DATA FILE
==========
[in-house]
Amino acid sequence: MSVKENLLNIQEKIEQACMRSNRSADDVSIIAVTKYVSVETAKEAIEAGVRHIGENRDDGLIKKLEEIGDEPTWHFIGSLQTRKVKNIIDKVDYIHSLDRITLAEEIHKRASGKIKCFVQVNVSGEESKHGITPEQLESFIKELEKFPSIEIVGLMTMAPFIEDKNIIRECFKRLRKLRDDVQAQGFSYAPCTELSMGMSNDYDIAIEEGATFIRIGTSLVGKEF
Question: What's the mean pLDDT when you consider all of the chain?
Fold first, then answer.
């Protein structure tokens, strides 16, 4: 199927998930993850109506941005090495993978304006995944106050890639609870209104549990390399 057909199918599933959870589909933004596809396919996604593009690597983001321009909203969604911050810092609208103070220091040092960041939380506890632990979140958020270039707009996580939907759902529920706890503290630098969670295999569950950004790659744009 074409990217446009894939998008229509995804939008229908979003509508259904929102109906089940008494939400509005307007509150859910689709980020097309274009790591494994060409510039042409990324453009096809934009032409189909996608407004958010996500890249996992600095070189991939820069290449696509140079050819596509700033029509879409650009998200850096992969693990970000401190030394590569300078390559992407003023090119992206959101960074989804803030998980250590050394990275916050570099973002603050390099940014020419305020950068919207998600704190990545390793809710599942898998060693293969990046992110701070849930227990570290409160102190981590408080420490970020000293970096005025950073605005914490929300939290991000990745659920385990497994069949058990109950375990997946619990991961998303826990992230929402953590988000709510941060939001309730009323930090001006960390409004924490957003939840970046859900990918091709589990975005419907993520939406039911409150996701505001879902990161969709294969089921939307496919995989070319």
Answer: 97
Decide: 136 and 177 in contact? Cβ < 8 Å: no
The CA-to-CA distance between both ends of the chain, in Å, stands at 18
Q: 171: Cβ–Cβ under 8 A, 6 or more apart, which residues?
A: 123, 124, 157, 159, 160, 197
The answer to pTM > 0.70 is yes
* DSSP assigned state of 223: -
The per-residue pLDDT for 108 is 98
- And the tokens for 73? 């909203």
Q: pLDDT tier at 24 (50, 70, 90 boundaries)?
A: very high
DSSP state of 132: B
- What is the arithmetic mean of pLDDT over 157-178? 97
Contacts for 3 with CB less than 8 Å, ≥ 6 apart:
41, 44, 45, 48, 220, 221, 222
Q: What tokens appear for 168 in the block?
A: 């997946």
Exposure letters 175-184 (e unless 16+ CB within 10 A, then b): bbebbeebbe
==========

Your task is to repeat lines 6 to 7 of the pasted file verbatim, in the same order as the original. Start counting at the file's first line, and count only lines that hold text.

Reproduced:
Answer: 97
Decide: 136 and 177 in contact? Cβ < 8 Å: no